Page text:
I was dragged to this concert by my wife.
Of course, I could have been dragged to worse things, so no complaints here!
Background: I’ve never been a regular listener of John Zorn, and only owned one cassette (Naked City) in the ’90s, which I did enjoy at the time. All the noisy saxophone and gargling / screaming by Yamatsuka Eye made my teenage self laugh. There was obviously some technical skill happening, too. But I mostly liked it because the majority of music I had heard at that age could be considered “safe” and did not express my feelings of anxiety and alienation. Thus my interest in Avant Garde, Experimental, Noise, Extreme Metal, and Punk. Those musical genres felt “rebellious” to me.
At almost age 40, I don’t consider it rebellious to sit in a fancy theater at a college (with people my age and older) and listen to noise.
I could write a lot about what I personally did not enjoy about Abraxas and Bladerunner, but I’ll just summarize those two — then tell you what I DID like about Secret Chiefs 3.
Abraxas: Blocks of cliche surf / spaghetti western guitar glued together with blocks of noise and screechy telecaster. Was this earlier John Zorn material? I don’t know. It sounded similar to that Naked City record I mentioned earlier.
Bladerunner: Dave Lombardo of Slayer playing beats. Bill Laswell playing pseudo-oriental / pentatonic scales. John Zorn’s saxophone screams. Then devolving into white noise jams. A lack of conceptual development, mostly just banging on things.
We got up and left after 4 of those Bladerunner “songs.” If I were age 14 and forcing my high school classmates to experience all that chaos as a form of revenge, it would have been a dream come true. But at this point in my life, it’s definitely not my scene.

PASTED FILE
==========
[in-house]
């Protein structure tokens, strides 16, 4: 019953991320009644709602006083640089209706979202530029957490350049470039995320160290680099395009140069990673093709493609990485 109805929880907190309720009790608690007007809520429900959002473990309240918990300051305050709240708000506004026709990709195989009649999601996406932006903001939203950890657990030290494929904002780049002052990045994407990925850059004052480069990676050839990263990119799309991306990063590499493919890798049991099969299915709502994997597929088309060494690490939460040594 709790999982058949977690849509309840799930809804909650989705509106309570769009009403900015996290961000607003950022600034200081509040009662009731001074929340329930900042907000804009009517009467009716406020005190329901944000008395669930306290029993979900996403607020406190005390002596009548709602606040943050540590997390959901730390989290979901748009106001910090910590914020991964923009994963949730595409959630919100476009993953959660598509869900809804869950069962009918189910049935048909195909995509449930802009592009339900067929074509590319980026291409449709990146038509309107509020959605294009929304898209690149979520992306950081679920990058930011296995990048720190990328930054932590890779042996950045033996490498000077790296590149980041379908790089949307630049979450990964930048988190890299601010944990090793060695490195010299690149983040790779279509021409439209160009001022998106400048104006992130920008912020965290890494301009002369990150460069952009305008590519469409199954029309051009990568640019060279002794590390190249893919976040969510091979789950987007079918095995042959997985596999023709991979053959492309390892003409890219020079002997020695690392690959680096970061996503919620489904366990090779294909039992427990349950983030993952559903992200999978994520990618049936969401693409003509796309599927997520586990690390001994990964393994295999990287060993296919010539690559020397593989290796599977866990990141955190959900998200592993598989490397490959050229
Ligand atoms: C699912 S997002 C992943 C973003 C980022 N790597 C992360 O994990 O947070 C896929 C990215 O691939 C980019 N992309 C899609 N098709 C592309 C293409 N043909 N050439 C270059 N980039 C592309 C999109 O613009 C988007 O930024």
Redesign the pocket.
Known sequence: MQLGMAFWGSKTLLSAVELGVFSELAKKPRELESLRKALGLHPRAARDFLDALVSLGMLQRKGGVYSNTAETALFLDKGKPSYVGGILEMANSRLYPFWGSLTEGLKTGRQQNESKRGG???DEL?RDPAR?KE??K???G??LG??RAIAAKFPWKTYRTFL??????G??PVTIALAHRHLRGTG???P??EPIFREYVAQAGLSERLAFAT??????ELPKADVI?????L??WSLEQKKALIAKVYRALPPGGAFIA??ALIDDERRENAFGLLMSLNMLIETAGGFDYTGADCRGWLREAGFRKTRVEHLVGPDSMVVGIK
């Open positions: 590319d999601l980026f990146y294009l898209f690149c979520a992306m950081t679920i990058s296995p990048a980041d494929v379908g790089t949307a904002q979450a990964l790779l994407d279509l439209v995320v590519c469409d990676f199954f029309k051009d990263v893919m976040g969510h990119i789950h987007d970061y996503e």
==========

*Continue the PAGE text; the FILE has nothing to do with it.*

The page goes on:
But Secret Chiefs 3? I can appreciate them.
They performed music from something called Xaphan: Book of Angels, Vol. 9 a.k.a. John Zorn Masada Book 2. Allegedly composed by John Zorn.
It had been years since I had seen SC3 live, so I was immediately re-impressed by Trey Spruance’s beautiful “arrangement” skills. The degree to which he customized the John Zorn compositions? I don’t know. But it sounded very much like original Secret Chiefs 3 material. All of the instruments existed in their own space, with elegant transitions and counterpoint. A central “theme” was passed back and forth, morphing between voices and timbres. The music contained actual melodies, and even though it was a bit too phrygian dominant for my tastes, it was solid and sensible material. There was forward motion and change — the beginning, middle, and end of a composition sounded similar and related to each other — not simply cut and paste repeats of an identical verse and chorus. And the dynamics were far more nuanced than the usual Velocity 127 and Velocity 0 of modern 1-bit rock music.
As you can tell, I don’t have a deep artistic appreciation of the music from the SC3 set — but I do very much respect it from an academic standpoint, and enjoyed that segment of the show. It seemed to have more in common with classical music than rock music.
Would I put myself through it again? No. I’d invest the $20 in something else. But at least the theater was clean and had chairs.